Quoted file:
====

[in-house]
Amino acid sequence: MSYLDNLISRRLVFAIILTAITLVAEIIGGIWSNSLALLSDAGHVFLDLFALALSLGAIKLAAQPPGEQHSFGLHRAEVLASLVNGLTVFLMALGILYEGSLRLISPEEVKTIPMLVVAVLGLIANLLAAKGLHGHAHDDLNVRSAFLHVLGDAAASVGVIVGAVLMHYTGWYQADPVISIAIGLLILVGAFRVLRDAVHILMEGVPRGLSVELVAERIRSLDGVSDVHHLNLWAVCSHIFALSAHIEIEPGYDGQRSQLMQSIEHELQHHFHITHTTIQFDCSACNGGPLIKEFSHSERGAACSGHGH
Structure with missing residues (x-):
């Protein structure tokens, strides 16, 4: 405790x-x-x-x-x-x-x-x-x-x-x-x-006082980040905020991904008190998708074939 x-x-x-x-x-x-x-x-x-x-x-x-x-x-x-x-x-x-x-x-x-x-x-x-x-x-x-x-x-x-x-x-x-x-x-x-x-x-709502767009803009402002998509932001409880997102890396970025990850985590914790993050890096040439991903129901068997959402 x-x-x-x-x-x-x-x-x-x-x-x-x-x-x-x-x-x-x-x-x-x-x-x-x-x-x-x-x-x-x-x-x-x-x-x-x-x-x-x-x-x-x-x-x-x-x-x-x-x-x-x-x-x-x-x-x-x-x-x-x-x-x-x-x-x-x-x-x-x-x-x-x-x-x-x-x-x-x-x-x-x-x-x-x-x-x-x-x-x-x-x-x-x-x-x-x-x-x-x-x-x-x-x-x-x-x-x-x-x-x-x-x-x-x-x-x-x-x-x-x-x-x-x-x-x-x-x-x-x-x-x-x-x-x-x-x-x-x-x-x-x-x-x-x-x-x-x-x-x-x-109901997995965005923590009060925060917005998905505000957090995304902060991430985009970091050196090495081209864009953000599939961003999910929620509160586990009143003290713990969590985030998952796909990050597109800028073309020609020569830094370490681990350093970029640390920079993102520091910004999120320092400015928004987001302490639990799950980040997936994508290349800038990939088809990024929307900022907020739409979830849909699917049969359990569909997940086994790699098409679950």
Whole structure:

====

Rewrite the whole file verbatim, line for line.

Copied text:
[in-house]
Amino acid sequence: MSYLDNLISRRLVFAIILTAITLVAEIIGGIWSNSLALLSDAGHVFLDLFALALSLGAIKLAAQPPGEQHSFGLHRAEVLASLVNGLTVFLMALGILYEGSLRLISPEEVKTIPMLVVAVLGLIANLLAAKGLHGHAHDDLNVRSAFLHVLGDAAASVGVIVGAVLMHYTGWYQADPVISIAIGLLILVGAFRVLRDAVHILMEGVPRGLSVELVAERIRSLDGVSDVHHLNLWAVCSHIFALSAHIEIEPGYDGQRSQLMQSIEHELQHHFHITHTTIQFDCSACNGGPLIKEFSHSERGAACSGHGH
Structure with missing residues (x-):
């Protein structure tokens, strides 16, 4: 405790x-x-x-x-x-x-x-x-x-x-x-x-006082980040905020991904008190998708074939 x-x-x-x-x-x-x-x-x-x-x-x-x-x-x-x-x-x-x-x-x-x-x-x-x-x-x-x-x-x-x-x-x-x-x-x-x-x-709502767009803009402002998509932001409880997102890396970025990850985590914790993050890096040439991903129901068997959402 x-x-x-x-x-x-x-x-x-x-x-x-x-x-x-x-x-x-x-x-x-x-x-x-x-x-x-x-x-x-x-x-x-x-x-x-x-x-x-x-x-x-x-x-x-x-x-x-x-x-x-x-x-x-x-x-x-x-x-x-x-x-x-x-x-x-x-x-x-x-x-x-x-x-x-x-x-x-x-x-x-x-x-x-x-x-x-x-x-x-x-x-x-x-x-x-x-x-x-x-x-x-x-x-x-x-x-x-x-x-x-x-x-x-x-x-x-x-x-x-x-x-x-x-x-x-x-x-x-x-x-x-x-x-x-x-x-x-x-x-x-x-x-x-x-x-x-x-x-x-x-109901997995965005923590009060925060917005998905505000957090995304902060991430985009970091050196090495081209864009953000599939961003999910929620509160586990009143003290713990969590985030998952796909990050597109800028073309020609020569830094370490681990350093970029640390920079993102520091910004999120320092400015928004987001302490639990799950980040997936994508290349800038990939088809990024929307900022907020739409979830849909699917049969359990569909997940086994790699098409679950």
Whole structure: